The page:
By the way, this map is reproduced from the Salisbury Maryland–Delaware–Virginia 1:100 000‑scale metric topographic map. (It's available as a free PDF from the USGS Store, an invaluable resource for paddlers and other backcountry travelers.) Pat and Roger set off from Cedar Hill Park. As you can see from a cursory inspection of the map, the river opens up as it approaches Fishing Bay on the Chesapeake, and the lowlands around the mouth offer scant protection from the wind, especially if it's blowing from the south or west. Not surprisingly, then, the Old Woman played a part in the day's misadventures.
Now let's take a closer look at the mistakes the two buddies made:
They Left Their Spray Skirts Behind Kayaks are the quintessential open‑water paddlecraft. After all, they evolved to meet the needs of sea‑hunters in frigid Arctic waters, where sudden storms are commonplace and an unplanned swim can easily end in death. But a spray skirt is an essential part of the package. Without it, a kayak is just an open boat — and an open boat with very low freeboard, at that. So why would anyone leave his spray skirt behind? Well, for one thing, they're something of nuisance. And it can get mighty warm below decks in a buttoned‑up kayak on a hot day. Which is why paddlers who stay in sheltered waters often opt for "sun skirts," instead. These abbreviated spray skirts — they're also known as "splash decks" or "splash skirts" — keep the sun off your legs, but they don't make a watertight seal. This allows cooling air to circulate around an overheated paddler. But it also lets water flood into the boat any time the cockpit coaming dips below the surface. As Pat discovered.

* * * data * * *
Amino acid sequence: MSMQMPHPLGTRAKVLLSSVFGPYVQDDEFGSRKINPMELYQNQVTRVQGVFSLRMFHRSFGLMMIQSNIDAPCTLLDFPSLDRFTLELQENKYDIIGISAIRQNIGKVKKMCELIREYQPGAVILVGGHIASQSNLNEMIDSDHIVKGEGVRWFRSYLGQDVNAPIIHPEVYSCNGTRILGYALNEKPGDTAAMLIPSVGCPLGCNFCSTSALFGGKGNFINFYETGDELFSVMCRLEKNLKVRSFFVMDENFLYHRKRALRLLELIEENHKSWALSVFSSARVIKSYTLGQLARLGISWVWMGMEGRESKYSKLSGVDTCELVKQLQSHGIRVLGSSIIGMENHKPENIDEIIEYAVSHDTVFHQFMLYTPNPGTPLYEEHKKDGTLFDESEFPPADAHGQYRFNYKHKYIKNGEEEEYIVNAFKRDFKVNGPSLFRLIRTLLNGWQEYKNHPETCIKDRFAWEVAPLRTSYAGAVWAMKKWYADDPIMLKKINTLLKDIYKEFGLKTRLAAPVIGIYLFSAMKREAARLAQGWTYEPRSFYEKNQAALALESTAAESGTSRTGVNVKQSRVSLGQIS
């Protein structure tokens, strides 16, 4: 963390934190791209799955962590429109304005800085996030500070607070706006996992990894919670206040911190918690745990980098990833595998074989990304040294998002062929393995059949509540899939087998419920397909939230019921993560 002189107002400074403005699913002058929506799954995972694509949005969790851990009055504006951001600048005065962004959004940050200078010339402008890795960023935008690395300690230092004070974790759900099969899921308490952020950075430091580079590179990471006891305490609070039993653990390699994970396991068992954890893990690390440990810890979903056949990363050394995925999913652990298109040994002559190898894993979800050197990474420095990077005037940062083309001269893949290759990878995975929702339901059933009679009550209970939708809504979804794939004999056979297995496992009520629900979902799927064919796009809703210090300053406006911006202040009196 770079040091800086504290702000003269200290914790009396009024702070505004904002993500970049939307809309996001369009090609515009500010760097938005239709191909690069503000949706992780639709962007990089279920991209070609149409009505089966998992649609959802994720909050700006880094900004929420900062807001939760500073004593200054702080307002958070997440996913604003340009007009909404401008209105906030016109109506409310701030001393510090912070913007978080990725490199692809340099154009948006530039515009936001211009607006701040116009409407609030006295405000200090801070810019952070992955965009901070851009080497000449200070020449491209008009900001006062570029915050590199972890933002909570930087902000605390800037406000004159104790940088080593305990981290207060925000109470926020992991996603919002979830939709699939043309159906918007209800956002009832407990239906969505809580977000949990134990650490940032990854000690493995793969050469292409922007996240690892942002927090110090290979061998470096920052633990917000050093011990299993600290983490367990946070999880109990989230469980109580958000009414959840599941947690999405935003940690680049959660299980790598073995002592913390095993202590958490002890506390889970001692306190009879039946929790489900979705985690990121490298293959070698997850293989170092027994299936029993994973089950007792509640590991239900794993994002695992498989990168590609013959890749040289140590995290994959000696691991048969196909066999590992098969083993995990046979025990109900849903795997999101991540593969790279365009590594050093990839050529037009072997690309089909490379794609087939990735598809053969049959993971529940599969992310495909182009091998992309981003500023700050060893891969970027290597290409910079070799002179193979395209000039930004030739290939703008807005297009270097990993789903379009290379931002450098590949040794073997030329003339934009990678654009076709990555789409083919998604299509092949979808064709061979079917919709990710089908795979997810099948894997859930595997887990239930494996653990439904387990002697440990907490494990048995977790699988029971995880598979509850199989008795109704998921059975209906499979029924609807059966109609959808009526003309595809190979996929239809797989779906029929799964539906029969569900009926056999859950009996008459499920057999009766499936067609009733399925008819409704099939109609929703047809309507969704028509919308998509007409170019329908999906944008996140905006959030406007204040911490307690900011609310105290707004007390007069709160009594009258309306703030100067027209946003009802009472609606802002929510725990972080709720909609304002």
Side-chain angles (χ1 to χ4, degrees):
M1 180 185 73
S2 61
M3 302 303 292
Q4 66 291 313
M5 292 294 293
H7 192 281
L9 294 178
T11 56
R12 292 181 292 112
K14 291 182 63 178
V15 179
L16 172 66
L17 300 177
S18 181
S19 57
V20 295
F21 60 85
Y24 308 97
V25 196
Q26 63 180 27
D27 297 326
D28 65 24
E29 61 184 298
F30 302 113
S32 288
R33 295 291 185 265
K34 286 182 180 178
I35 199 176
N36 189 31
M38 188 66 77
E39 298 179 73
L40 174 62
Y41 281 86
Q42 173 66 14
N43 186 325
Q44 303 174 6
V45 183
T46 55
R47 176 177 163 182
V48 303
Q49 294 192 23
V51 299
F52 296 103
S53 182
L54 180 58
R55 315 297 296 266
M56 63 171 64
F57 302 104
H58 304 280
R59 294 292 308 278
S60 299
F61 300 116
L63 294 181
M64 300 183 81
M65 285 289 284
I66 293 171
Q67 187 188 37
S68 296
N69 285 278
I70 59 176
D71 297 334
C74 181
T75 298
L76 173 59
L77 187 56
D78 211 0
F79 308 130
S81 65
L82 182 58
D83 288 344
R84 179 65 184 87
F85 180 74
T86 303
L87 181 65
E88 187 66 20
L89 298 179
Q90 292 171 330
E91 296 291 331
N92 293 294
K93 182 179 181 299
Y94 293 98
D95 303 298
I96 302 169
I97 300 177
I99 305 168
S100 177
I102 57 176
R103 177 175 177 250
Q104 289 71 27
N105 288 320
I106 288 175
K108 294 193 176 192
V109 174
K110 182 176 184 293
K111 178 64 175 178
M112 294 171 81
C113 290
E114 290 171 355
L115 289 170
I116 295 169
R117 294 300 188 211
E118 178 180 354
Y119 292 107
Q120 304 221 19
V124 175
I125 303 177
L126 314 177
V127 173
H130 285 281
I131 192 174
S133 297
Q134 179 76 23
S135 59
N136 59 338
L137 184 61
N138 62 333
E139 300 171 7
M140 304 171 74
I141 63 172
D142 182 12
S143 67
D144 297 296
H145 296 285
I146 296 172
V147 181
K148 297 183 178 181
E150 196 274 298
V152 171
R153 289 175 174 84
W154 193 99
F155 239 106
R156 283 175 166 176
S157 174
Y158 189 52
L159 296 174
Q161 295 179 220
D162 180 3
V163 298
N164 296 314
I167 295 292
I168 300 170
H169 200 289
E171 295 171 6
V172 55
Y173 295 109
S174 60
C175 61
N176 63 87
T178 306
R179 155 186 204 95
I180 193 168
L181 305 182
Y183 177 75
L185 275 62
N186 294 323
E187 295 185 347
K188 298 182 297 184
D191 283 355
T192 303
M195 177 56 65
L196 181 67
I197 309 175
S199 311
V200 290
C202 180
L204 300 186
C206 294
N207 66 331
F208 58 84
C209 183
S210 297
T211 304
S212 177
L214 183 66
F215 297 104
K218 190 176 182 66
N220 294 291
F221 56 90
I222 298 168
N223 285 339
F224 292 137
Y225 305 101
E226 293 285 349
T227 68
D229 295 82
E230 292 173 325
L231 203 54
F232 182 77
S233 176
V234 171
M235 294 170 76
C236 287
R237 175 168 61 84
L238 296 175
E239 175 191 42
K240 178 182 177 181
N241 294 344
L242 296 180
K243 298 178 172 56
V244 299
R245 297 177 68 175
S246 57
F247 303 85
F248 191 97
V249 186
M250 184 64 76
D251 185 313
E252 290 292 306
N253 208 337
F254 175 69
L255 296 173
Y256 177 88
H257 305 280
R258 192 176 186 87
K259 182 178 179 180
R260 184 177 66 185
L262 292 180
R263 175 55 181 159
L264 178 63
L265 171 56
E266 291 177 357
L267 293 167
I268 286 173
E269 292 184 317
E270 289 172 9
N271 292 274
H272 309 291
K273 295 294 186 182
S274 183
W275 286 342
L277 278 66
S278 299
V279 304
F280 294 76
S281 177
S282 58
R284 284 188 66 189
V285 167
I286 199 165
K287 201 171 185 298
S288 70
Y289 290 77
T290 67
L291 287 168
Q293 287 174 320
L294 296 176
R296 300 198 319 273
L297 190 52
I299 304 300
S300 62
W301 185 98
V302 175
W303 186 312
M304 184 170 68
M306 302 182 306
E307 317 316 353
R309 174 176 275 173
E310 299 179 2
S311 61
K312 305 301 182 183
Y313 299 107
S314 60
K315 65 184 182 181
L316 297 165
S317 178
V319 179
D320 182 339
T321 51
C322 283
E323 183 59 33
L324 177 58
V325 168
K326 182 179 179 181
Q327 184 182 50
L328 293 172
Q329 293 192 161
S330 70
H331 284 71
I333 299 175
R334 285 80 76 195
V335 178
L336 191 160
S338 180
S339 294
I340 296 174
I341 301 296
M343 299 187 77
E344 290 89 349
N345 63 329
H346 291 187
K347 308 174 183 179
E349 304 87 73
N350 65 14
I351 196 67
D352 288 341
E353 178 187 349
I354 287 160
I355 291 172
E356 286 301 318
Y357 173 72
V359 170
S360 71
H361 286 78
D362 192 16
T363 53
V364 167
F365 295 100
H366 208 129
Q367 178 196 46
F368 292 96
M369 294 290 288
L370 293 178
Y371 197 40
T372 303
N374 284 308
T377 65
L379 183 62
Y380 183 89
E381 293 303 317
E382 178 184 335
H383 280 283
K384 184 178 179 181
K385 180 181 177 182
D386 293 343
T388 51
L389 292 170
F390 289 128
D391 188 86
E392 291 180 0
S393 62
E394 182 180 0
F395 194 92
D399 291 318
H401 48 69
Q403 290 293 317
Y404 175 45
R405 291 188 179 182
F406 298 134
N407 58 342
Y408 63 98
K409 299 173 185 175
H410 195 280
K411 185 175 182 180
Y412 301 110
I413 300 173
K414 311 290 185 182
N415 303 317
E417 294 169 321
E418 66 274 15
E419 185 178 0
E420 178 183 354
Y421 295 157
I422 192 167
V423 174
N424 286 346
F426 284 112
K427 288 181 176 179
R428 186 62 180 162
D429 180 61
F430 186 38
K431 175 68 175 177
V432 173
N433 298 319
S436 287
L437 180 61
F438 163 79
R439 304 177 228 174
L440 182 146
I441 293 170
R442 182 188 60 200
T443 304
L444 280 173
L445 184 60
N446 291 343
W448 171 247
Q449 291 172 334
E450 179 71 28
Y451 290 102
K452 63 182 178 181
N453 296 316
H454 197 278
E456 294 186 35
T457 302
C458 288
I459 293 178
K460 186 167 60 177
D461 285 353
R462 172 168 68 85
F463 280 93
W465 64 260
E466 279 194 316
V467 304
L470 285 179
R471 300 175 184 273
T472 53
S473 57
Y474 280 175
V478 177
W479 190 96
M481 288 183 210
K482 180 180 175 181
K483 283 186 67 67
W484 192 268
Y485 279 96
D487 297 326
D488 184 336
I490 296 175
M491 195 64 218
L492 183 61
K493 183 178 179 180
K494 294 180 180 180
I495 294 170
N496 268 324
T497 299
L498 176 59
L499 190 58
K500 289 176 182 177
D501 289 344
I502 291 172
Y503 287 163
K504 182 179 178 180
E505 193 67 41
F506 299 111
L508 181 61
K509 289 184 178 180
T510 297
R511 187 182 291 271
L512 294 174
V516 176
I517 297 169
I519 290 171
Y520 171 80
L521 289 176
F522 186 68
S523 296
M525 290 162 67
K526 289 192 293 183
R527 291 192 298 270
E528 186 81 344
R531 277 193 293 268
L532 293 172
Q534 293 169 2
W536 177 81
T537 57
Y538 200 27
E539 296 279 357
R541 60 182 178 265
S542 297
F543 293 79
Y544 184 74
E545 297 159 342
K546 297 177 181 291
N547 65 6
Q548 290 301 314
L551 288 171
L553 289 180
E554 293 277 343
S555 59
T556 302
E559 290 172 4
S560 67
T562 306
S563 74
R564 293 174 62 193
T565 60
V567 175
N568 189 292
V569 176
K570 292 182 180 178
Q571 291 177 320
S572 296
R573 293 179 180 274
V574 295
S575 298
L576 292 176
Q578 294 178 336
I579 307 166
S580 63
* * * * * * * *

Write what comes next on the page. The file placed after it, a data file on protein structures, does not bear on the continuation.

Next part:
The take‑home message? Spray skirts aren't the coolest things going, but they're essential gear for open‑water paddlers, and that goes for a lot of folks who just think they're going out for an easy day in the sun.
They Stayed Too Long at the Party It's hard to leave when you're having fun, but sometimes you have to. After all, bad weather can dampen spirits in a hurry. When the wind rises and storm clouds build, it's time to call it a day, notwithstanding the alluring antics of the bald eagles. This is doubly true if you've left critical items of gear — like spray skirts, say! — back on shore.